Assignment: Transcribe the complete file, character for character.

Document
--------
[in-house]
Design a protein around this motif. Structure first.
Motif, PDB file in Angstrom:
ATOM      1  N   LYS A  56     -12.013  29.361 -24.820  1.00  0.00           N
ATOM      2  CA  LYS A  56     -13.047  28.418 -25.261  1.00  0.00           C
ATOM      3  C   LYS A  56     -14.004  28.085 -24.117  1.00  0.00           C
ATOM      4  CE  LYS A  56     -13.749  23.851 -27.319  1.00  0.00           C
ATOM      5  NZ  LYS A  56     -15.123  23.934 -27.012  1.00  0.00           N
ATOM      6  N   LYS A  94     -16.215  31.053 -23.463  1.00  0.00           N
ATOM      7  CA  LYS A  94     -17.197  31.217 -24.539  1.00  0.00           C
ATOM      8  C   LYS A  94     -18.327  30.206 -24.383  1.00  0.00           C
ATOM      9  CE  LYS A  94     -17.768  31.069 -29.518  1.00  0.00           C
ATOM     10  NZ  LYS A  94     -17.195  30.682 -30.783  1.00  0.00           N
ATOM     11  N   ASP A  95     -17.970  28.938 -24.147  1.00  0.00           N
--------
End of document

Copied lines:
[in-house]
Design a protein around this motif. Structure first.
Motif, PDB file in Angstrom:
ATOM      1  N   LYS A  56     -12.013  29.361 -24.820  1.00  0.00           N
ATOM      2  CA  LYS A  56     -13.047  28.418 -25.261  1.00  0.00           C
ATOM      3  C   LYS A  56     -14.004  28.085 -24.117  1.00  0.00           C
ATOM      4  CE  LYS A  56     -13.749  23.851 -27.319  1.00  0.00           C
ATOM      5  NZ  LYS A  56     -15.123  23.934 -27.012  1.00  0.00           N
ATOM      6  N   LYS A  94     -16.215  31.053 -23.463  1.00  0.00           N
ATOM      7  CA  LYS A  94     -17.197  31.217 -24.539  1.00  0.00           C
ATOM      8  C   LYS A  94     -18.327  30.206 -24.383  1.00  0.00           C
ATOM      9  CE  LYS A  94     -17.768  31.069 -29.518  1.00  0.00           C
ATOM     10  NZ  LYS A  94     -17.195  30.682 -30.783  1.00  0.00           N
ATOM     11  N   ASP A  95     -17.970  28.938 -24.147  1.00  0.00           N